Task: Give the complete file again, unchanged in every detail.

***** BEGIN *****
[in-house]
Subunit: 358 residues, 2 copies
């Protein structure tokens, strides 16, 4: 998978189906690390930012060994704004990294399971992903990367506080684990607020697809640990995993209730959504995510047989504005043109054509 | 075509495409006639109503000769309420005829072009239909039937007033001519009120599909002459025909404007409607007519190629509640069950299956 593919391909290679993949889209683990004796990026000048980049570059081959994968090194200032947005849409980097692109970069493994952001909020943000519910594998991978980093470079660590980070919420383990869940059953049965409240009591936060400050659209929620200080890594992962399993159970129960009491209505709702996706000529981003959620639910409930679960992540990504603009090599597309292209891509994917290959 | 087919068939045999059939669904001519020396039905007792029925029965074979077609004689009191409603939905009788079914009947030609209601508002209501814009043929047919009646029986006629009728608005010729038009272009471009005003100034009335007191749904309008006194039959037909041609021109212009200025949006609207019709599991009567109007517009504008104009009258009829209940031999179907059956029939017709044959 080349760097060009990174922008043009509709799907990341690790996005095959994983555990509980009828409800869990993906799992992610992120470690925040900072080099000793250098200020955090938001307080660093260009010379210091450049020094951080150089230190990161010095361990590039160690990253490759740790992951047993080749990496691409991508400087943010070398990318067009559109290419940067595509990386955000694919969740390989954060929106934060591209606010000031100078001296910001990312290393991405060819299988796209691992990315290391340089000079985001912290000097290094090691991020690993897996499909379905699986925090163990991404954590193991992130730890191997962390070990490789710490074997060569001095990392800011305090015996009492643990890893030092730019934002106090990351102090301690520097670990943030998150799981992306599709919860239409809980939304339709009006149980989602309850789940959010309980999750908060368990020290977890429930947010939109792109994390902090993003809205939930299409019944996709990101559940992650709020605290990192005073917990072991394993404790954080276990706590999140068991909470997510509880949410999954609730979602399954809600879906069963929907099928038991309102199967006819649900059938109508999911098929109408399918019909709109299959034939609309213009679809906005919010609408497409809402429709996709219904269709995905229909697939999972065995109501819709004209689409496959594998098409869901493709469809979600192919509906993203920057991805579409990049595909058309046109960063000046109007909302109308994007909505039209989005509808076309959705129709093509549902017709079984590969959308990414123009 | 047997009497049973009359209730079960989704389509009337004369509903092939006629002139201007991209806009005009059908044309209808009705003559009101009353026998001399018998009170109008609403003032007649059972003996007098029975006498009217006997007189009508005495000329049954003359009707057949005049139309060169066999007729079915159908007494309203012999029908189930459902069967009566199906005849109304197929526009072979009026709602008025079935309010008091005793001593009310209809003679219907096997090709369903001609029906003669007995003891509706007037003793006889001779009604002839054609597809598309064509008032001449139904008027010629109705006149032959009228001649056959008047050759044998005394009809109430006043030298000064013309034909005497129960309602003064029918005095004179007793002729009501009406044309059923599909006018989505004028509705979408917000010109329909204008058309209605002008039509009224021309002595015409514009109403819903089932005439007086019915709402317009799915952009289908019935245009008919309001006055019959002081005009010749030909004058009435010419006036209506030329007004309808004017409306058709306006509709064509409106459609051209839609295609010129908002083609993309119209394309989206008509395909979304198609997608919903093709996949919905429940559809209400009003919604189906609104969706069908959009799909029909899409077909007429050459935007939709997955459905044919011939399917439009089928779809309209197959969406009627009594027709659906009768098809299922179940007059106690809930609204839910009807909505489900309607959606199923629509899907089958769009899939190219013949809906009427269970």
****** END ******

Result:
[in-house]
Subunit: 358 residues, 2 copies
């Protein structure tokens, strides 16, 4: 998978189906690390930012060994704004990294399971992903990367506080684990607020697809640990995993209730959504995510047989504005043109054509 | 075509495409006639109503000769309420005829072009239909039937007033001519009120599909002459025909404007409607007519190629509640069950299956 593919391909290679993949889209683990004796990026000048980049570059081959994968090194200032947005849409980097692109970069493994952001909020943000519910594998991978980093470079660590980070919420383990869940059953049965409240009591936060400050659209929620200080890594992962399993159970129960009491209505709702996706000529981003959620639910409930679960992540990504603009090599597309292209891509994917290959 | 087919068939045999059939669904001519020396039905007792029925029965074979077609004689009191409603939905009788079914009947030609209601508002209501814009043929047919009646029986006629009728608005010729038009272009471009005003100034009335007191749904309008006194039959037909041609021109212009200025949006609207019709599991009567109007517009504008104009009258009829209940031999179907059956029939017709044959 080349760097060009990174922008043009509709799907990341690790996005095959994983555990509980009828409800869990993906799992992610992120470690925040900072080099000793250098200020955090938001307080660093260009010379210091450049020094951080150089230190990161010095361990590039160690990253490759740790992951047993080749990496691409991508400087943010070398990318067009559109290419940067595509990386955000694919969740390989954060929106934060591209606010000031100078001296910001990312290393991405060819299988796209691992990315290391340089000079985001912290000097290094090691991020690993897996499909379905699986925090163990991404954590193991992130730890191997962390070990490789710490074997060569001095990392800011305090015996009492643990890893030092730019934002106090990351102090301690520097670990943030998150799981992306599709919860239409809980939304339709009006149980989602309850789940959010309980999750908060368990020290977890429930947010939109792109994390902090993003809205939930299409019944996709990101559940992650709020605290990192005073917990072991394993404790954080276990706590999140068991909470997510509880949410999954609730979602399954809600879906069963929907099928038991309102199967006819649900059938109508999911098929109408399918019909709109299959034939609309213009679809906005919010609408497409809402429709996709219904269709995905229909697939999972065995109501819709004209689409496959594998098409869901493709469809979600192919509906993203920057991805579409990049595909058309046109960063000046109007909302109308994007909505039209989005509808076309959705129709093509549902017709079984590969959308990414123009 | 047997009497049973009359209730079960989704389509009337004369509903092939006629002139201007991209806009005009059908044309209808009705003559009101009353026998001399018998009170109008609403003032007649059972003996007098029975006498009217006997007189009508005495000329049954003359009707057949005049139309060169066999007729079915159908007494309203012999029908189930459902069967009566199906005849109304197929526009072979009026709602008025079935309010008091005793001593009310209809003679219907096997090709369903001609029906003669007995003891509706007037003793006889001779009604002839054609597809598309064509008032001449139904008027010629109705006149032959009228001649056959008047050759044998005394009809109430006043030298000064013309034909005497129960309602003064029918005095004179007793002729009501009406044309059923599909006018989505004028509705979408917000010109329909204008058309209605002008039509009224021309002595015409514009109403819903089932005439007086019915709402317009799915952009289908019935245009008919309001006055019959002081005009010749030909004058009435010419006036209506030329007004309808004017409306058709306006509709064509409106459609051209839609295609010129908002083609993309119209394309989206008509395909979304198609997608919903093709996949919905429940559809209400009003919604189906609104969706069908959009799909029909899409077909007429050459935007939709997955459905044919011939399917439009089928779809309209197959969406009627009594027709659906009768098809299922179940007059106690809930609204839910009807909505489900309607959606199923629509899907089958769009899939190219013949809906009427269970």